“It is true that she said it,” I answered. “At a moment,” I added, “when her temper had got the better of her — and when mine had got the better of me.”
“Advance the hour a little,” he went on, “to the time when she followed you to Browndown. Was she still out of temper, when she made her excuses to you?”
“Did she interfere, when Nugent took advantage of your blindness to make you believe you were talking to me?”
“Was she out of temper then?”
I still defended her. “She might well have been angry,” I said. “She had made her excuses to me in the kindest manner; and I had received them with the most unpardonable rudeness.”
My defence produced no effect on him. He summed it up coolly so far. “She compared me disadvantageously with Nugent; and she allowed Nugent to personate me in speaking to you, without interfering to stop it. In both these cases, her temper excuses and accounts for her conduct. Very good. We may, or may not, differ so far. Before we go farther, let us — if we can — agree on one unanswerable fact. Which of us two brothers was her favorite, from the first?”
About that, there could be no doubt. I admitted at once that Nugent was her favorite. And more than this, I remembered accusing her myself of never having done justice to Oscar from the first.
[Note. — See the sixteenth chapter, and Madame Pratolungo’s remark, warning you that you would hear of this circumstance again. — P.]
Oscar went on.
“Bear that in mind,” he said. “And now let us get to the time when we were assembled in your sitting-room, to discuss the subject of the operation on your eyes. The question before us, as I remember it, was this. Were you to marry me, before the operation? Or were you to keep me waiting until the operation had been performed, and the cure was complete? How did Madame Pratolungo decide on that occasion? She decided against my interests; she encouraged you to delay our marriage.”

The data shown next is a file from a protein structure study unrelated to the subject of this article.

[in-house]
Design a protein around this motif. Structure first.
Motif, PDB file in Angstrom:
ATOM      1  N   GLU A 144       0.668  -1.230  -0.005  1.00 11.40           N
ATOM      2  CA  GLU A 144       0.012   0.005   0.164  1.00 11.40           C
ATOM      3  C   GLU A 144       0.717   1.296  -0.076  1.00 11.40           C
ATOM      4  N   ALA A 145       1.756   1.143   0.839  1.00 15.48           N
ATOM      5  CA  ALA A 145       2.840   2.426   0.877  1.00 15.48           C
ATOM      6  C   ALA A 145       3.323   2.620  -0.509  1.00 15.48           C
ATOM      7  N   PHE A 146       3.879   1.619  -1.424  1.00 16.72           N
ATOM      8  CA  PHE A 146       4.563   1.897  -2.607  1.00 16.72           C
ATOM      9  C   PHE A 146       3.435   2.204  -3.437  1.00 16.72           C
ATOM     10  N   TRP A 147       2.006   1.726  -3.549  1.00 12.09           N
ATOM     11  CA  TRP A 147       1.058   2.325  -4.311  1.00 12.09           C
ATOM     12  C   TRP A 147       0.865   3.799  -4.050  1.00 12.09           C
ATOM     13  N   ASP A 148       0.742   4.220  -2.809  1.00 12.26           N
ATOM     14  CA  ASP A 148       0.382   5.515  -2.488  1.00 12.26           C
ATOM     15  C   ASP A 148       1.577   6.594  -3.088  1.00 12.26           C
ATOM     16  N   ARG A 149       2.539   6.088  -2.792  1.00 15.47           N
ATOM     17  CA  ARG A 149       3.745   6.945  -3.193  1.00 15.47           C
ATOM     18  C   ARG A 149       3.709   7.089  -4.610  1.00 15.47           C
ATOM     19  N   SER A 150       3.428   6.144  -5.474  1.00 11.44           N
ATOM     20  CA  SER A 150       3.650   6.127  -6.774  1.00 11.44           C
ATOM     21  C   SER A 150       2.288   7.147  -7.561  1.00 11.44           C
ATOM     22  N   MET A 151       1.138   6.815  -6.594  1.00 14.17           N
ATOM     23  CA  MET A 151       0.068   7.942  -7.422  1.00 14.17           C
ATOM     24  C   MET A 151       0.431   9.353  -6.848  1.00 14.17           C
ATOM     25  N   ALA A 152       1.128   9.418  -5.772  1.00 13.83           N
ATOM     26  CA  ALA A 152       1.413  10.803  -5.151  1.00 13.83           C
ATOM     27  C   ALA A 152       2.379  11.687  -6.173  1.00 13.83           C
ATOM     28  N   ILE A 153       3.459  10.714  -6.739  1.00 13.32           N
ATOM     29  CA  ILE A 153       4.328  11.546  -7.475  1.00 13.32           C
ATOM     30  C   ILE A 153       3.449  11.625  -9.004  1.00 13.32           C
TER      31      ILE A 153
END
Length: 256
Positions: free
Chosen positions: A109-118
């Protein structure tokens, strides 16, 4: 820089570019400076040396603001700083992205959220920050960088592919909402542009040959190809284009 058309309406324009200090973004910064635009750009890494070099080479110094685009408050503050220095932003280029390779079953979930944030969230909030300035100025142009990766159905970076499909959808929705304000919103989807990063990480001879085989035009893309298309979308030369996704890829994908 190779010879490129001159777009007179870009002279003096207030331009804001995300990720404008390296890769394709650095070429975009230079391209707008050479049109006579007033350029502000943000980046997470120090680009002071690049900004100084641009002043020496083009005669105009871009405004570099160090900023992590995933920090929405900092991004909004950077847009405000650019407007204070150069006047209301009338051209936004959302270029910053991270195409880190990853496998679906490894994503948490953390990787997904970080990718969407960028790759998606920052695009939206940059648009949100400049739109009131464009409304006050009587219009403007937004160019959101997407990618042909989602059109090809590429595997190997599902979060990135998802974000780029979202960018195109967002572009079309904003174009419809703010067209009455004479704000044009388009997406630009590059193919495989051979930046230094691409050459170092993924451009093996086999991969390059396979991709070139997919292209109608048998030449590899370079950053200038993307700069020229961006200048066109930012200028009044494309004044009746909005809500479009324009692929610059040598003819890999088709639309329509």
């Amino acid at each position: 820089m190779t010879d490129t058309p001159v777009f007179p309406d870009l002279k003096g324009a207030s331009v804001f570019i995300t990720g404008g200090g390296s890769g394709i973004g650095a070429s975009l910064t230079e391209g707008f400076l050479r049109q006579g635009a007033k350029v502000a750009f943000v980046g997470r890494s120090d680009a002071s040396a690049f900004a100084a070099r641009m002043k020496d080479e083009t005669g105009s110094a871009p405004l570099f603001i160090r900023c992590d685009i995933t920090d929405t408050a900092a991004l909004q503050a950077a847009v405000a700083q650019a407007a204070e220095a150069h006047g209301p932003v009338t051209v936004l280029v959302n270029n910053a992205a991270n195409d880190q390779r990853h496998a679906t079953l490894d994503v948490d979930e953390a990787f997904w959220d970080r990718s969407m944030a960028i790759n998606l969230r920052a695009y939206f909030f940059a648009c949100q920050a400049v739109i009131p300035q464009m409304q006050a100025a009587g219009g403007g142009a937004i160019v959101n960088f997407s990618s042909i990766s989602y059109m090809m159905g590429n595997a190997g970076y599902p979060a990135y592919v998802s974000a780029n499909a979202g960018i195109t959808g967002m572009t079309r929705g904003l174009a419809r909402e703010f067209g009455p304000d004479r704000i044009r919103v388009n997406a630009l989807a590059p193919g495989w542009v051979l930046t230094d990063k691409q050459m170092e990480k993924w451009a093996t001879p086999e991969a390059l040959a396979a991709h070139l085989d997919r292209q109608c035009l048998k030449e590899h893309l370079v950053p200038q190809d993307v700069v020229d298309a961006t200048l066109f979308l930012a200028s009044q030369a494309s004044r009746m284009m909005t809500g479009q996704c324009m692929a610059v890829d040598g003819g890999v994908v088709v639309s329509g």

I persisted in defending her. “She did that out of sympathy with me,” I said.
He surprised me by again accepting my view of the matter, without attempting to dispute it.
“We will say she did it out of sympathy with you,” he proceeded. “Whatever her motives might be, the result was the same. My marriage to you was indefinitely put off; and Madame Pratolungo voted for that delay.”
“And your brother,” I added, “took the other side, and tried to persuade me to marry you first. How can you reconcile that with what you have told me ——”
He interposed before I could say more. “Don’t bring my brother into the inquiry,” he said. “My brother, at that time, could still behave like an honorable man, and sacrifice his own feelings to his duty to me. Let us strictly confine ourselves, for the present, to what Madame Pratolungo said and did. And let us advance again to a few minutes later on the same day, when our little domestic debate had ended. My brother was the first to go. Then, you retired, and left Madame Pratolungo and me alone in the room. Do you remember?”
I remembered perfectly.
“You had bitterly disappointed me,” I said. “You had shown no sympathy with my eagerness to be restored to the blessing of sight. You made objections and started difficulties. I recollect speaking to you with some of the bitterness that I felt — blaming you for not believing in my future as I believed in it, and hoping as I hoped — and then leaving you, and locking myself up in my own room.”
In those terms, I satisfied him that my memory of the events of that day was as clear as his own. He listened without making any remark, and went on when I had done.
“Madame Pratolungo shared your hard opinion of me, on that occasion,” he proceeded; “and expressed it in infinitely stronger terms. She betrayed herself to you in the rectory garden. She betrayed herself to me, after you had left us together in the sitting-room. Her hasty temper again, beyond all doubt! I quite agree with you. What she said to me in your absence, she would never have said if she had been mistress of herself.”